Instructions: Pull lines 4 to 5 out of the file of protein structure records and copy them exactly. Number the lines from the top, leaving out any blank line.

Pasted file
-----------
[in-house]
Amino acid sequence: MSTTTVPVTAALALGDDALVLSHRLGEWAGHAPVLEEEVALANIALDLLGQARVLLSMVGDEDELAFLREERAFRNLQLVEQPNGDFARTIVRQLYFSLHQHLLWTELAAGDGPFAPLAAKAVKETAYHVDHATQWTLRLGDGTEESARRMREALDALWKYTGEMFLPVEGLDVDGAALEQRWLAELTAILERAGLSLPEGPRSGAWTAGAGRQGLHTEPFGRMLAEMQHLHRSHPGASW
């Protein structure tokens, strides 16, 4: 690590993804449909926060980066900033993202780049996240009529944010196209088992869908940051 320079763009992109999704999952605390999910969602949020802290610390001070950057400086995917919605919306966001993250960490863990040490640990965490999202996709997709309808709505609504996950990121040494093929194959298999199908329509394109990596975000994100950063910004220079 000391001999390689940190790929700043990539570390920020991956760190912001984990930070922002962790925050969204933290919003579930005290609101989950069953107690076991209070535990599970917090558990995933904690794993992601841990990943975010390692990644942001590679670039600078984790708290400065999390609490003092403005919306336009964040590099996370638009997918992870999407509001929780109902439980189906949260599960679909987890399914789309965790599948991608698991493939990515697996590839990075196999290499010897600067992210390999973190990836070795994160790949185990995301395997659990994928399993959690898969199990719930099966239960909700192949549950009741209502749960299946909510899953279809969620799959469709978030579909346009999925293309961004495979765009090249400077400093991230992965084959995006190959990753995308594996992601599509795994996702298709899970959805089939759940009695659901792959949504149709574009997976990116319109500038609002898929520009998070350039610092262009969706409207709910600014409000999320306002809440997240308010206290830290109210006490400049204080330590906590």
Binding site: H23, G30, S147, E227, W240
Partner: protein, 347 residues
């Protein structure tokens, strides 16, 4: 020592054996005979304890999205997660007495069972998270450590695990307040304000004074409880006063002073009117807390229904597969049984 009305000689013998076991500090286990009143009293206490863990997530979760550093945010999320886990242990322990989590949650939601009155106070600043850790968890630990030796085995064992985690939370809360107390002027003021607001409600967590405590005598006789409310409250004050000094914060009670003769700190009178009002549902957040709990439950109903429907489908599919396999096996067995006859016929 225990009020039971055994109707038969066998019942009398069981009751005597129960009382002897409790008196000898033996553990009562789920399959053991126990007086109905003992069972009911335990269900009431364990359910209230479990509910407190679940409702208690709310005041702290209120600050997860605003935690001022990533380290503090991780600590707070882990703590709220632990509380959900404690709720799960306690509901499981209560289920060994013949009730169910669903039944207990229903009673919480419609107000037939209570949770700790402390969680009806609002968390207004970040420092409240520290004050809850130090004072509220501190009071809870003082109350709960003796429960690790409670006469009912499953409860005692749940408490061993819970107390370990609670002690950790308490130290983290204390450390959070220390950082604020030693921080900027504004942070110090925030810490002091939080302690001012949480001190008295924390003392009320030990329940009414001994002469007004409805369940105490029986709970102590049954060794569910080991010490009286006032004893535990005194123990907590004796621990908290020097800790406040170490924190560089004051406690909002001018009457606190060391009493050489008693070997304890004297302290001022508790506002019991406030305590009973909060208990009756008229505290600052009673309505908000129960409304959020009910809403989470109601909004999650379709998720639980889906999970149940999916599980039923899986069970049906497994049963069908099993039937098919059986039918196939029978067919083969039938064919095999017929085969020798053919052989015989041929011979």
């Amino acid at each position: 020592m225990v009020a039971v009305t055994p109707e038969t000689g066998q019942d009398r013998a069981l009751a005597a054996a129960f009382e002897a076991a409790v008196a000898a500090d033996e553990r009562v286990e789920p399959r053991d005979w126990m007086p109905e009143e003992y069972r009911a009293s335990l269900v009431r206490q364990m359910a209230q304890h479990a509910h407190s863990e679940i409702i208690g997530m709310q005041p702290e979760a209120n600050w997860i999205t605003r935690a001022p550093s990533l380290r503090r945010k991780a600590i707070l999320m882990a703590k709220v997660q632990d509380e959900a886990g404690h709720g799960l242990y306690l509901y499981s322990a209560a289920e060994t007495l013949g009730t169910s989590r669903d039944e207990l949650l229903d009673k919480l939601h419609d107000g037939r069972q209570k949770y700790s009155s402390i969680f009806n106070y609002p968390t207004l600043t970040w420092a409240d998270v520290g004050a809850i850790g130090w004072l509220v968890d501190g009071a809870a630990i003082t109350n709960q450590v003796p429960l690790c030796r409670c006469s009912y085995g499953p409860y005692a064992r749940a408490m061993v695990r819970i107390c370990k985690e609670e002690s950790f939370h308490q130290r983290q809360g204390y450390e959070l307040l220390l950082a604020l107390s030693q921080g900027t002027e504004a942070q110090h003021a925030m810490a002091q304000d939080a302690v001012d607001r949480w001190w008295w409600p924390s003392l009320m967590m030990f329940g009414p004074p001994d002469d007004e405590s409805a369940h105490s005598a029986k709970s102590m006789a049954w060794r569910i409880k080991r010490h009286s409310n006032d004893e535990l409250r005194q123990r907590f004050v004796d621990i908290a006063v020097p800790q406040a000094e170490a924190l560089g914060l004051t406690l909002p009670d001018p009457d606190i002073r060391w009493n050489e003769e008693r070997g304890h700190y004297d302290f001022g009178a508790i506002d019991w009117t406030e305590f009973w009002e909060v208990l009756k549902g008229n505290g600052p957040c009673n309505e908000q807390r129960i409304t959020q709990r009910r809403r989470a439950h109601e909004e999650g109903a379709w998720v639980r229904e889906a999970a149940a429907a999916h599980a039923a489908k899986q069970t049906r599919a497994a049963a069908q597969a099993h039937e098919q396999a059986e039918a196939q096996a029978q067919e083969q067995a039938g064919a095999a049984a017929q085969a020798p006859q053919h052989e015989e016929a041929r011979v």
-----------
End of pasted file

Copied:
Binding site: H23, G30, S147, E227, W240
Partner: protein, 347 residues